Just The Facts: The Responsibilities Of A Criminal Defense Lawyer Explained

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Are you facing criminal charges in the Chicago area? At the Law Offices of Michael P. Schmiege, our founding attorney has years of experience in protecting the rights of people who have been accused of DUI, drug crimes, violent crimes, theft, white collar crimes, arson, armed robbery, criminal appeals, sex crimes, and more.

The most prevailing myth about criminal law and criminal defense law firms is that opinions come into play. That is simply not true. In fact, it's the opposite. Criminal defense attorneys look at the facts as objectively as possible, and use facts only to build a case in a court of law.

What Exactly Does a Criminal Defense Attorney Do?

If an arrest occurs, that person will be read his or her Miranda Rights, and that is generally the first mention of rights and an attorney. It is not as simple as selecting a criminal defense lawyer and calling it a day. There is a lot of work that goes on behind the scenes.

Some of the key responsibilities of criminal defense law firms is to select and examine witnesses, gather evidence, assess and anticipate the prosecutor's case, and review all relevant documentation. Criminal defense attorneys will also put together a defense, settlement agreement, or plea agreement. The attorney will do his or her best to predict how the judge and jury will rule, and secure the best possible outcome for clients using this information.

What Are Some Examples From High-Profile Cases?

Now that you understand the basics of what criminal defense law firms do, what does this look like in practice? Let's take a look at a few high-profile cases to get a better idea.

  • Commonwealth v. Michelle Carter

This particular case raked in national headlines. Michelle Carter exchanged several texts with boyfriend Conrad Roy III before he took his own life in 2014. The court convicted her of involuntary manslaughter three years later in 2017. Carter was sentenced to 15 months in prison, with the remainder of her sentence suspended. The suspension of part of her sentence was likely due to key facts pointed out by the defense. Namely, that Carter did not come into physical contact with or meet Roy in person, and that there is no physical evidence that she told him to get back into his truck, where he died of carbon monoxide poisoning. Rather, Carter told a friend in a text exchange that she had said it. Carter had a history of embellishing stories and stretching facts for attention. Without a direct text to Roy confirming this, it comes into question.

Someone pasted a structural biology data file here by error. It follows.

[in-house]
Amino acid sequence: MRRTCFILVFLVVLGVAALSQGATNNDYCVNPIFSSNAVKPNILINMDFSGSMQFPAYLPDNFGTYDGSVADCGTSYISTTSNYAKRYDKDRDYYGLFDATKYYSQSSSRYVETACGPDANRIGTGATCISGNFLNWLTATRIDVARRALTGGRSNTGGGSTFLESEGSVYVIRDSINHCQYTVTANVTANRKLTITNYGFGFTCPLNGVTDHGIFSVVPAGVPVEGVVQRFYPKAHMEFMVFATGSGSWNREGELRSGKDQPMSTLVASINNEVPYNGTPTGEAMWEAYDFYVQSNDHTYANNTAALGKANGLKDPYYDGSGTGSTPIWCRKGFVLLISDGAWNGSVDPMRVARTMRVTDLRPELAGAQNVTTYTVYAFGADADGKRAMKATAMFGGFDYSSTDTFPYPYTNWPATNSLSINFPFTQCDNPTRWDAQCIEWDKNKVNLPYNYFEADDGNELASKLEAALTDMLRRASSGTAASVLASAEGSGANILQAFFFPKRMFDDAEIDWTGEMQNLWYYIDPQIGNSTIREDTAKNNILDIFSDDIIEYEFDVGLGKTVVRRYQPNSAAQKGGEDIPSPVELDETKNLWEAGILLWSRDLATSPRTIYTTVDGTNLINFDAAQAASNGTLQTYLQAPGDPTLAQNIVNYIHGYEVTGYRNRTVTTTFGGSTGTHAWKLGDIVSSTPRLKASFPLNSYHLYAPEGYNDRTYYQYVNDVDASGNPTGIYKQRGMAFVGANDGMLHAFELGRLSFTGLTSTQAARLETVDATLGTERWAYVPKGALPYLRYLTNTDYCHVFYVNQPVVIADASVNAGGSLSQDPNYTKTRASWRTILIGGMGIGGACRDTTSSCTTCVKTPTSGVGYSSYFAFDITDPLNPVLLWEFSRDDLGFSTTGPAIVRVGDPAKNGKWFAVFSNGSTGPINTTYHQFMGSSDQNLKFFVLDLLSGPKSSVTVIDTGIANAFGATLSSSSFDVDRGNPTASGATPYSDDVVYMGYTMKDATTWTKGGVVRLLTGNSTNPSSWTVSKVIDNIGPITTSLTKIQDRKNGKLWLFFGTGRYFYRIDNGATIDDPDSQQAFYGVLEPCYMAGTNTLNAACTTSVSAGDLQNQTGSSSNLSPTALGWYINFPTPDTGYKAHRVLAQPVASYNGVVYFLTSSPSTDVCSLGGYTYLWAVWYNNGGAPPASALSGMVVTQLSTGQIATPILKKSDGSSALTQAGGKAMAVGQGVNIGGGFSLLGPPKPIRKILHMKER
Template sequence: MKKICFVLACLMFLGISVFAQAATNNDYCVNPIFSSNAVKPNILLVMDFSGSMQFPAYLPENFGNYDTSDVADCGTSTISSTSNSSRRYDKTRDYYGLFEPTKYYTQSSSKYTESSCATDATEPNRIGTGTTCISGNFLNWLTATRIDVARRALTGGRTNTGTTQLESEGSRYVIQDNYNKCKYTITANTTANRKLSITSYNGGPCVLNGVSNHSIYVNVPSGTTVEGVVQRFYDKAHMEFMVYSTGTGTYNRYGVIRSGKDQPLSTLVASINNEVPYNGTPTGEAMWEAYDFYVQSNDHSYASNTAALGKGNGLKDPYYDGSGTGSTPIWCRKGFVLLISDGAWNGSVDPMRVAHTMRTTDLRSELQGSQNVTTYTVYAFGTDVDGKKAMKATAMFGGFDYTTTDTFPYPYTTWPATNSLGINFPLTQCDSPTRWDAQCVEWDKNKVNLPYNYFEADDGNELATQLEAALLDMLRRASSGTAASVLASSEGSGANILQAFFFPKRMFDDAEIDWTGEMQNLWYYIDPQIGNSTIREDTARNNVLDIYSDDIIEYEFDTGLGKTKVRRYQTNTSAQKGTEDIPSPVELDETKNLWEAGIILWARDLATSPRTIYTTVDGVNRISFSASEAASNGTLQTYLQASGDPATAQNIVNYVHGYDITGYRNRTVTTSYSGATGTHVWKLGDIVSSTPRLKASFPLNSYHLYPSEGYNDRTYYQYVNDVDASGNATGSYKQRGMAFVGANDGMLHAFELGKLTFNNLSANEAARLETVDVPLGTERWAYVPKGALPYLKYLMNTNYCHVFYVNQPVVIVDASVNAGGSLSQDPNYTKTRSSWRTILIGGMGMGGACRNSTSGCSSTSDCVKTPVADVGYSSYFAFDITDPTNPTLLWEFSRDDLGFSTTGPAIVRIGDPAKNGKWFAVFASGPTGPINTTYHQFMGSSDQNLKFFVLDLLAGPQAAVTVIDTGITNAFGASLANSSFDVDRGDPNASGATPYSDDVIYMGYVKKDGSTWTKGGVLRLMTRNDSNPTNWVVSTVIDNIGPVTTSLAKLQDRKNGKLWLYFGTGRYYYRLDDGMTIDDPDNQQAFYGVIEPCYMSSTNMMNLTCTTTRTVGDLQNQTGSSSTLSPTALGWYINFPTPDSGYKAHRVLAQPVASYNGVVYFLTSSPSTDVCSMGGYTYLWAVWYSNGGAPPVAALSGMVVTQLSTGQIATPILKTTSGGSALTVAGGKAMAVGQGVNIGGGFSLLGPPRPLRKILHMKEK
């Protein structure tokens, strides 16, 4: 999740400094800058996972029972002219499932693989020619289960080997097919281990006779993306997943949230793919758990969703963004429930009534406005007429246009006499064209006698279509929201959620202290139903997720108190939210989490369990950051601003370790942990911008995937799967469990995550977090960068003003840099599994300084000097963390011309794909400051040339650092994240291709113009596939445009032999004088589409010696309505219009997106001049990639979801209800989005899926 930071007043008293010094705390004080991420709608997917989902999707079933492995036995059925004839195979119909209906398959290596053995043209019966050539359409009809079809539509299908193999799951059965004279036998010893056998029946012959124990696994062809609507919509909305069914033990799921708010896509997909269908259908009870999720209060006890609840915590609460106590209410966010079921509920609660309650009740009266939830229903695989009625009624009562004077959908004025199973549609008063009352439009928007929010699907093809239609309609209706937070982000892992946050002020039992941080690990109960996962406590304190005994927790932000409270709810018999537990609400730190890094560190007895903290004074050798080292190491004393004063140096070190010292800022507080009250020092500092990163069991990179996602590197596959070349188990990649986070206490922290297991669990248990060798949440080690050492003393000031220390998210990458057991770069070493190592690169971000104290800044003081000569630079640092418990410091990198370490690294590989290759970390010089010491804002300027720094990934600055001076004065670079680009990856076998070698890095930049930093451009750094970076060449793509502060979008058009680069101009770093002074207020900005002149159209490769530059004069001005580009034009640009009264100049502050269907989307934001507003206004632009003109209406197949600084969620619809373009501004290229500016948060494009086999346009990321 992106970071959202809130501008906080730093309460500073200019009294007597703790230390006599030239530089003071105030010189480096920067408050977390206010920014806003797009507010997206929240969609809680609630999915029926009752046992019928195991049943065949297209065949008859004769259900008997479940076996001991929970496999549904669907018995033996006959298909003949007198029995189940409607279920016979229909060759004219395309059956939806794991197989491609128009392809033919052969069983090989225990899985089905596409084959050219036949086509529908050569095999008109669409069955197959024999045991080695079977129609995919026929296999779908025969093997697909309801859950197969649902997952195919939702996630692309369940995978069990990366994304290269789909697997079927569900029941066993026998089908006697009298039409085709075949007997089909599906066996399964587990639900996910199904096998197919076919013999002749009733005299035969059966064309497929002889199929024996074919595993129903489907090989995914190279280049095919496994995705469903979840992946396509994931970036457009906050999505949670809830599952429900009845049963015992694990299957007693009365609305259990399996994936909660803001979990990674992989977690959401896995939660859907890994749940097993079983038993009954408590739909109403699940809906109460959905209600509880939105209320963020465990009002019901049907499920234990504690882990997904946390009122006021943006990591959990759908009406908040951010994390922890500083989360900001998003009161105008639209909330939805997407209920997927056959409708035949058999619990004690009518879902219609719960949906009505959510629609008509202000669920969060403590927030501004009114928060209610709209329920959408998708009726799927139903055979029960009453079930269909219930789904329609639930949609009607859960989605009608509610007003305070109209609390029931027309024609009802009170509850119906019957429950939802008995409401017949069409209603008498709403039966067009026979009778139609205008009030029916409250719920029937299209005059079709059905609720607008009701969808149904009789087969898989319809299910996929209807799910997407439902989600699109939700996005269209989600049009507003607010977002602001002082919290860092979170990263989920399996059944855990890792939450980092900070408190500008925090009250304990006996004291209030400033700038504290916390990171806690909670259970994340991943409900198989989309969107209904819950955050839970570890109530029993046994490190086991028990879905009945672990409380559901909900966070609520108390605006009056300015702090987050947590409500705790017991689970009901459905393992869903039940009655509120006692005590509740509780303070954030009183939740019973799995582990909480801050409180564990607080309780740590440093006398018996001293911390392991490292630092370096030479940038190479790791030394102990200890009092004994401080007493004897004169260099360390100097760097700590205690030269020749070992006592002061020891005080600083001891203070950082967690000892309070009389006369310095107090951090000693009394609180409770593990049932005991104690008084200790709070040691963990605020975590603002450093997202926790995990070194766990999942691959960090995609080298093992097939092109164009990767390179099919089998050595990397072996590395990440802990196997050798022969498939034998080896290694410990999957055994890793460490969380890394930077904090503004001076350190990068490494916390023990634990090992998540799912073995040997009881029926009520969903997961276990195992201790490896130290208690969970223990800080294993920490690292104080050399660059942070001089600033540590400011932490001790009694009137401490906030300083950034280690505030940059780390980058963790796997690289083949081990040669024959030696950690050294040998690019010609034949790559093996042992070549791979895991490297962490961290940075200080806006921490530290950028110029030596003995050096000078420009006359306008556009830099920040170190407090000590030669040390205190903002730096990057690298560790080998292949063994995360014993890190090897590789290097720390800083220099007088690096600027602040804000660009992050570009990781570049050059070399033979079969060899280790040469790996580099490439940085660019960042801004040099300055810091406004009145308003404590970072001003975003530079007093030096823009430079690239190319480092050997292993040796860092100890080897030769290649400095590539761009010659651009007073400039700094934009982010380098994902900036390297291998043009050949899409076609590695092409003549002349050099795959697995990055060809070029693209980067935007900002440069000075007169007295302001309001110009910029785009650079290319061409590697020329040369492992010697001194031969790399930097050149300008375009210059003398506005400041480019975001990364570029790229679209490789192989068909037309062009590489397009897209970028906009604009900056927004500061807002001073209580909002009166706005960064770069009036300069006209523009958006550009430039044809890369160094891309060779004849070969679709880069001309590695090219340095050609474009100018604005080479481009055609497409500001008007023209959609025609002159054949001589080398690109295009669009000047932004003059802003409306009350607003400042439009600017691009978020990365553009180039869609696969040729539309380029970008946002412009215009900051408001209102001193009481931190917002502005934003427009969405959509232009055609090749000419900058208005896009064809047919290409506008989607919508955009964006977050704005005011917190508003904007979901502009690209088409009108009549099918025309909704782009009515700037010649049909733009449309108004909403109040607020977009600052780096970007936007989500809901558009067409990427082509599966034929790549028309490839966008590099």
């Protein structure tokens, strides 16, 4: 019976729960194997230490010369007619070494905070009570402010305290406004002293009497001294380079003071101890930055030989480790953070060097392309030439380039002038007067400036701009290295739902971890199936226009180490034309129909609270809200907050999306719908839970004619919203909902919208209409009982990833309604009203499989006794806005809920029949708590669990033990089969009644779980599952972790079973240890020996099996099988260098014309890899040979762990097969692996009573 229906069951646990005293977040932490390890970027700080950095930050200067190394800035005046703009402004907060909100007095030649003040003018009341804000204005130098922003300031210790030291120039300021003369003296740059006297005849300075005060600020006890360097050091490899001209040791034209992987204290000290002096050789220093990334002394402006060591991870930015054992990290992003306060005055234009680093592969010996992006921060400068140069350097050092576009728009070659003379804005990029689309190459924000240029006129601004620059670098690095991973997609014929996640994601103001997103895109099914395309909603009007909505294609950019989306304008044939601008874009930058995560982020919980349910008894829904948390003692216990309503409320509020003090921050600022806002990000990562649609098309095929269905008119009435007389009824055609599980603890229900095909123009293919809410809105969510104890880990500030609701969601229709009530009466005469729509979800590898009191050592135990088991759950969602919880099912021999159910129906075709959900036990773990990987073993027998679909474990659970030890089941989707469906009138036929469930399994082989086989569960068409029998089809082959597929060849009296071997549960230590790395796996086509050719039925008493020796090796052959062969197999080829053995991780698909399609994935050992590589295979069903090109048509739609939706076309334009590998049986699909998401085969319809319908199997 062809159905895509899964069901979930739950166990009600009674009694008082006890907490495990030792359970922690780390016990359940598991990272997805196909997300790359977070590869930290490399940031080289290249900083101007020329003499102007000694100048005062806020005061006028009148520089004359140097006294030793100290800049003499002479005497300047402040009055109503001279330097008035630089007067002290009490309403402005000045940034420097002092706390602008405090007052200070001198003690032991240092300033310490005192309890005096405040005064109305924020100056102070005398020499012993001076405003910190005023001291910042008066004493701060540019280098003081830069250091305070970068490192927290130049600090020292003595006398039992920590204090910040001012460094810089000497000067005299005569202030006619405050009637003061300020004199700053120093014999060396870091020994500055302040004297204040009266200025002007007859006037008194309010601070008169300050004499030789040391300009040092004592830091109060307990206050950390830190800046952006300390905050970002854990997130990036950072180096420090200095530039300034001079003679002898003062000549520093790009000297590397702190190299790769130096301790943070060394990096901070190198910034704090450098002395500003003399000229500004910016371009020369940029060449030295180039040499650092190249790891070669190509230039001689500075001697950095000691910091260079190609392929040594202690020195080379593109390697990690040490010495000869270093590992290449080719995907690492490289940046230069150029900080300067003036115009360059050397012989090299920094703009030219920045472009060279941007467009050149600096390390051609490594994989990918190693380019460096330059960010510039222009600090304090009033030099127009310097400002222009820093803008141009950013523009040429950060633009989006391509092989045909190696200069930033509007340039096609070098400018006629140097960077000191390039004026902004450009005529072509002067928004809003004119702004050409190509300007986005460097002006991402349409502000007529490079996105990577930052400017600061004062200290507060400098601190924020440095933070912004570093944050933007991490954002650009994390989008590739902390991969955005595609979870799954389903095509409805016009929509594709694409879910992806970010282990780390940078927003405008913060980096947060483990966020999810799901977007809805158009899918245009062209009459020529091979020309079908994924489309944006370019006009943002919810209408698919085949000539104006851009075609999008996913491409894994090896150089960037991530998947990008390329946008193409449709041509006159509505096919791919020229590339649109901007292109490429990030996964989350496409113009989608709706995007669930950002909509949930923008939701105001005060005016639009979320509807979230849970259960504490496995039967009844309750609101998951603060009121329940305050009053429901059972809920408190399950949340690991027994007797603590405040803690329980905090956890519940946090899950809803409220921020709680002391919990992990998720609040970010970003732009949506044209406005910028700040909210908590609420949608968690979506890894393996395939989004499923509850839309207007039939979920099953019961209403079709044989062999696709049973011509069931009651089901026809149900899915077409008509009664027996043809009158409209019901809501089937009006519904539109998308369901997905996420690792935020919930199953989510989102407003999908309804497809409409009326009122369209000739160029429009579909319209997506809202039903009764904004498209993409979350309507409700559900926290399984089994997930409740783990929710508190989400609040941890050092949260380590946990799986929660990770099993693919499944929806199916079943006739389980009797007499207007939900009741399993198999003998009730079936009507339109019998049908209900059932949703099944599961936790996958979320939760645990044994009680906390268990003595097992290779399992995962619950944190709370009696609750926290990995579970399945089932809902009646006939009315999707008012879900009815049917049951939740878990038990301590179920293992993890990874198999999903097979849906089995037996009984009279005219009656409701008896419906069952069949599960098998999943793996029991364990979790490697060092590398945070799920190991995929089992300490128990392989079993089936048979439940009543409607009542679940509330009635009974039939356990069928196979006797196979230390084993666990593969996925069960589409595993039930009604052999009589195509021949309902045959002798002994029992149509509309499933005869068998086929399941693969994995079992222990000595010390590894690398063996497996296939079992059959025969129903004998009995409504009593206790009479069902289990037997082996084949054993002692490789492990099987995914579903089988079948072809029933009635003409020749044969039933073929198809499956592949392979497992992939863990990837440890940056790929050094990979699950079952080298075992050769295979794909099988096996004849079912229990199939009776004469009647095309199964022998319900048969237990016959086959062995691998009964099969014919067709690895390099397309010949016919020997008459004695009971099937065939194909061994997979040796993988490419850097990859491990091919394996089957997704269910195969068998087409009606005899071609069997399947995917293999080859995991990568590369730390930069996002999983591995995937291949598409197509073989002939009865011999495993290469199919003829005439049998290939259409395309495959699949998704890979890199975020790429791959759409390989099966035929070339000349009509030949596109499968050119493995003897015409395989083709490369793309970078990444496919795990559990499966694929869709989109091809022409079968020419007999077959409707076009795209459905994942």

Even so, Carter's defense attorney Joseph Cataldo continues to fight on Carter's behalf, with plans to appeal the U.S. Supreme Court. Cataldo cites a troubling lack of legal precedent in the case. "It is never in society's best interest to incarcerate anyone for the content of their speech where there is not a specific statute previously enacted," Cataldo told ABC News.

  • People of the State of California v. Orenthal James Simpson (The OJ Simpson Trial Case)

Years later, people are still divided about the outcome of the OJ Simpson Trial Case. His legal team successfully created reasonable doubt. The criminal defense law firms working on his behalf pointed out discrepancies in the alleged timeline of the crime, as well as "sloppy" police work that contaminated and called into doubt key evidence.

No matter what your personal opinions on the OJ Simpson Trial may be, his defense lawyers remained objective and helped reinforce the careful handling of evidence. His team made it clear that evidence cannot be tampered with or carelessly collected and still hold up in a court of law.

Criminal defense attorneys undertake a number of different job responsibilities, from conducting investigations, interviewing witnesses, reviewing legislation and legal statues, and more. In the Carter case, her attorney continues to argue that there is nothing illegal about Carter's actions according to current laws. The OJ Simpson Trial Case urged police departments and criminal investigation units to handle all evidence with extreme care.